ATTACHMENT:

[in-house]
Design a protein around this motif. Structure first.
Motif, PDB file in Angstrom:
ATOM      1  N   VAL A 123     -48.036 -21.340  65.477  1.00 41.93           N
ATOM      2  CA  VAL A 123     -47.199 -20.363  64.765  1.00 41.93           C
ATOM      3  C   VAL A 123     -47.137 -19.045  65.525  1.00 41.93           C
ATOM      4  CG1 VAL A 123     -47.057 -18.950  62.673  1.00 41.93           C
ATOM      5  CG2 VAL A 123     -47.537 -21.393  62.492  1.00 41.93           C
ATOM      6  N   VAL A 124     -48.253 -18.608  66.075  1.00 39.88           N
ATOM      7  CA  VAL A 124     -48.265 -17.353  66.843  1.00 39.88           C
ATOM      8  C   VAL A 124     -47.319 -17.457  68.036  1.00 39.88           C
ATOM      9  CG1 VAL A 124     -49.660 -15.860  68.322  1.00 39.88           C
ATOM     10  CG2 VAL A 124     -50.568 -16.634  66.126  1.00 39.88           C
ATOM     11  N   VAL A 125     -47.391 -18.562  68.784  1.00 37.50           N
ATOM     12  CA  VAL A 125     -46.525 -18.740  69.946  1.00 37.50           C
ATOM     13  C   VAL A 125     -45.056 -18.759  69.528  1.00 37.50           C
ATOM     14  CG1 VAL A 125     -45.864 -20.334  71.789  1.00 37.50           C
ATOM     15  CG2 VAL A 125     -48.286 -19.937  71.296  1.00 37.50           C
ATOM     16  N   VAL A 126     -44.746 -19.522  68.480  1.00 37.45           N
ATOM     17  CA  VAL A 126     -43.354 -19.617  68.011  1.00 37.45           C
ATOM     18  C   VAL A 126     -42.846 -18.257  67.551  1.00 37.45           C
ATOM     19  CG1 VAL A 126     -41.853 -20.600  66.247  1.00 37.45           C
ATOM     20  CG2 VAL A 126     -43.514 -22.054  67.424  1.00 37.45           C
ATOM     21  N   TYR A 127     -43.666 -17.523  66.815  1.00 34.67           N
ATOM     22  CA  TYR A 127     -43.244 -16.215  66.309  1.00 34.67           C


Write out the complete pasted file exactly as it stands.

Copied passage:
[in-house]
Design a protein around this motif. Structure first.
Motif, PDB file in Angstrom:
ATOM      1  N   VAL A 123     -48.036 -21.340  65.477  1.00 41.93           N
ATOM      2  CA  VAL A 123     -47.199 -20.363  64.765  1.00 41.93           C
ATOM      3  C   VAL A 123     -47.137 -19.045  65.525  1.00 41.93           C
ATOM      4  CG1 VAL A 123     -47.057 -18.950  62.673  1.00 41.93           C
ATOM      5  CG2 VAL A 123     -47.537 -21.393  62.492  1.00 41.93           C
ATOM      6  N   VAL A 124     -48.253 -18.608  66.075  1.00 39.88           N
ATOM      7  CA  VAL A 124     -48.265 -17.353  66.843  1.00 39.88           C
ATOM      8  C   VAL A 124     -47.319 -17.457  68.036  1.00 39.88           C
ATOM      9  CG1 VAL A 124     -49.660 -15.860  68.322  1.00 39.88           C
ATOM     10  CG2 VAL A 124     -50.568 -16.634  66.126  1.00 39.88           C
ATOM     11  N   VAL A 125     -47.391 -18.562  68.784  1.00 37.50           N
ATOM     12  CA  VAL A 125     -46.525 -18.740  69.946  1.00 37.50           C
ATOM     13  C   VAL A 125     -45.056 -18.759  69.528  1.00 37.50           C
ATOM     14  CG1 VAL A 125     -45.864 -20.334  71.789  1.00 37.50           C
ATOM     15  CG2 VAL A 125     -48.286 -19.937  71.296  1.00 37.50           C
ATOM     16  N   VAL A 126     -44.746 -19.522  68.480  1.00 37.45           N
ATOM     17  CA  VAL A 126     -43.354 -19.617  68.011  1.00 37.45           C
ATOM     18  C   VAL A 126     -42.846 -18.257  67.551  1.00 37.45           C
ATOM     19  CG1 VAL A 126     -41.853 -20.600  66.247  1.00 37.45           C
ATOM     20  CG2 VAL A 126     -43.514 -22.054  67.424  1.00 37.45           C
ATOM     21  N   TYR A 127     -43.666 -17.523  66.815  1.00 34.67           N
ATOM     22  CA  TYR A 127     -43.244 -16.215  66.309  1.00 34.67           C